The difference is in part due to the fact that there are over 2,000 types of Apple options, according to data from Cboe Global Markets Inc., with many strike prices, price levels at which investors can exercise their right to buy or sell. With the large number of contracts, there are fewer price quotes in many of them, resulting in wider spreads between offers and demands. Wider spreads mean greater profit opportunities for intermediaries such as market makers and brokerage houses.
Compared to stocks, “it’s a very different market structure,” said Joanna Fields, founder of consulting firm Aplomb Strategies. “There is very little liquidity with every strike.”
Some traders say that the convoluted structure of options markets further encourages payment for order flow. SEC rules require that investor orders be executed on one of the 16 U.S. option exchanges. Exchanges typically pay discounts to market makers who route orders from individual investors to their markets. These discounts inflate the payments that go to brokers.
In theory, market makers compete with each other on the options exchanges to execute each order at the best price. But that’s not what happens in practice, said Michael Golding, head of trading at Optiver US LLC, a market making company. Instead, companies that engage in order flow payment often route investors’ orders to exchanges where they are likely to execute the orders themselves, according to Golding. A complex system of foreign exchange fees discourages other companies from competing to fill these orders, ultimately hurting investors, who might not get the best possible price, he added.
“This is what the SEC really needs to look at,” Mr. Golding said. “Who in this whole scheme is dealing with the investor?” “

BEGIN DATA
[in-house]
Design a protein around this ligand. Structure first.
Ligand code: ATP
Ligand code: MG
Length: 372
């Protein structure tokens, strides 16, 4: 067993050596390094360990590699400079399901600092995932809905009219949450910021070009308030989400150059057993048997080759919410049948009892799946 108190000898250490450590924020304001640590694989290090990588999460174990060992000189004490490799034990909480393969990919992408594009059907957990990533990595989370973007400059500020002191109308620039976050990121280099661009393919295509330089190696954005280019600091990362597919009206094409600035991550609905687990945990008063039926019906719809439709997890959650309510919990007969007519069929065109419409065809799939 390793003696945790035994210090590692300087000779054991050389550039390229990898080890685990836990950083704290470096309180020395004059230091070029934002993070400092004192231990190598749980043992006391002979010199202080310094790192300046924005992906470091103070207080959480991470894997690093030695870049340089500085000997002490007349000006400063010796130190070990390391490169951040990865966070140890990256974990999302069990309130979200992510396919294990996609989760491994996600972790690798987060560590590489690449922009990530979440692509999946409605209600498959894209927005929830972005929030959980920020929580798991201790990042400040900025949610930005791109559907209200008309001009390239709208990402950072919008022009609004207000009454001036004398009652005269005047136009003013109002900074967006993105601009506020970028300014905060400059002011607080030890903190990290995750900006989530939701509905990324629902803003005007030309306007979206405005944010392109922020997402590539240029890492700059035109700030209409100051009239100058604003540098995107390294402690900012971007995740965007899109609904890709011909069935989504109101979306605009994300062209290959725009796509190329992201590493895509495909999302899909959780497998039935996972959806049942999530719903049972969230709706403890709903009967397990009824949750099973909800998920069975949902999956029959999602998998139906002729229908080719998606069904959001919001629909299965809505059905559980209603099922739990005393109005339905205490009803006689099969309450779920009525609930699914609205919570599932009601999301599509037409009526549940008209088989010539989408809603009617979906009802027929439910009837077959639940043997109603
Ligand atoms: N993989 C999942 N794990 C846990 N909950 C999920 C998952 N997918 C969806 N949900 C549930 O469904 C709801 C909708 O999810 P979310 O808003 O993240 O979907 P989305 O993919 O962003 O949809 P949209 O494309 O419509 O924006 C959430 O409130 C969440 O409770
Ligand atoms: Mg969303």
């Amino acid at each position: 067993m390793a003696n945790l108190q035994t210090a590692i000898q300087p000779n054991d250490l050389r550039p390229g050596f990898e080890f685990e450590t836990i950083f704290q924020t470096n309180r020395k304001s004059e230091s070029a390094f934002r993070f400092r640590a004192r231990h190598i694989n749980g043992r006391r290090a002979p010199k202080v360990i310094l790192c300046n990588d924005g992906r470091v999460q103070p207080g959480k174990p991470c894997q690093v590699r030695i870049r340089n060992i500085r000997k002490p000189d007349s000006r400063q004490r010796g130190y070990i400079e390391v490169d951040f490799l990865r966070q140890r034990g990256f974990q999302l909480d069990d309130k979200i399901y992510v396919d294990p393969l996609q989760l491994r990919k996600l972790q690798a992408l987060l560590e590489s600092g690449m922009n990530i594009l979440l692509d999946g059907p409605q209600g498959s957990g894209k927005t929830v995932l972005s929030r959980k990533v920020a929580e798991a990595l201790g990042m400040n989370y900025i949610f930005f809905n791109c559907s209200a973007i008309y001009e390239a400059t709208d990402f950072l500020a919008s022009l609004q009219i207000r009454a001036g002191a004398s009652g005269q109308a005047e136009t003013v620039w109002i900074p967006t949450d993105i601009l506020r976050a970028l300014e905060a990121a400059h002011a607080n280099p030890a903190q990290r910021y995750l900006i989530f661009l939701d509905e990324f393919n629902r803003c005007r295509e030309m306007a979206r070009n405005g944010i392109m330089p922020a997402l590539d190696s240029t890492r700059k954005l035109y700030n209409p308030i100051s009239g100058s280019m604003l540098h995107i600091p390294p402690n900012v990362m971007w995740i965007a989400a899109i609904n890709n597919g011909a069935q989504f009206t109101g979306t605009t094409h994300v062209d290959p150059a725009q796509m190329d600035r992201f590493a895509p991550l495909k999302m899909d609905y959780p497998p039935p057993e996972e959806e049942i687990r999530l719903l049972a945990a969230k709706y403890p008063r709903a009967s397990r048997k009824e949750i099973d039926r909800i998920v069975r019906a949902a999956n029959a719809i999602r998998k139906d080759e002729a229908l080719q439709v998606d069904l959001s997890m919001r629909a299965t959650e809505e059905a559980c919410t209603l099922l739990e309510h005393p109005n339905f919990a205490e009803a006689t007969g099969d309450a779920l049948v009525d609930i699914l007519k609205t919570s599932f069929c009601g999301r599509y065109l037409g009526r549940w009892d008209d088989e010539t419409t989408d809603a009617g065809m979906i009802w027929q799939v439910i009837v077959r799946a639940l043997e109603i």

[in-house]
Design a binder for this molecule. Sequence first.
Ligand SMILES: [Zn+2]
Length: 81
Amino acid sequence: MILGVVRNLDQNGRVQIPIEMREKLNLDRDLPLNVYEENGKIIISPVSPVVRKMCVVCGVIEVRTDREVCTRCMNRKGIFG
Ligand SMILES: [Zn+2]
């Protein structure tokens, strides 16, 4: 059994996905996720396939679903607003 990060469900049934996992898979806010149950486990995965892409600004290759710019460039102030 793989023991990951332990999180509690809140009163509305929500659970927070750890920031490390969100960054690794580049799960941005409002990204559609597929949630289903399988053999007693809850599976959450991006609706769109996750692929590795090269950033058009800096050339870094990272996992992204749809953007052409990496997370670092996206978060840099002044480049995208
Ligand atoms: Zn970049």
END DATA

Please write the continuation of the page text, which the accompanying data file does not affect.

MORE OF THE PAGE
Individuals have crammed into options since brokers cut fees for options trading at the end of 2019. The influx has gathered momentum with the Covid-19 pandemic and the craze for options. same actions of this year. Retail traders accounted for about a quarter of all options activity in June, up from around 21% in January 2020, Alphacution estimates.
In its October report on the GameStop Frenzy, the SEC suggested that payment for order flow encourages brokers to design digital “gamelike” applications that cause their clients to trade too many.
Brokers have long made money from transactions by charging commissions. But new businesses like Robinhood are less reliant on traditional sources of income, such as collecting interest on cash balances, which are not volume driven.
Unlike brokers, investors do not necessarily benefit from frequent options trading. Research has shown that people who trade options tend to have lower returns than those who stick with stocks.
Robinhood has already come under scrutiny for certain options-related practices. Under rules designed to protect new investors, brokers must verify the age, income and investment experience of clients before letting them trade options.
In June, the Financial Industry Regulatory Authority discovered that Robinhood had approved thousands of unqualified clients for options trading after going through the company’s automated approval process. Robinhood paid $ 70 million to settle this and other Finra allegations, without admitting to wrongdoing.
Robinhood claims to have made its approval process more rigorous. The TD Ameritrade spokesperson said, “Options carry unique risks and are not intended for everyone, which is why not all retail clients are permitted to trade in options.
This story was posted from a feed with no text editing
Never miss a story! Stay connected and informed with Mint. Download our app now !!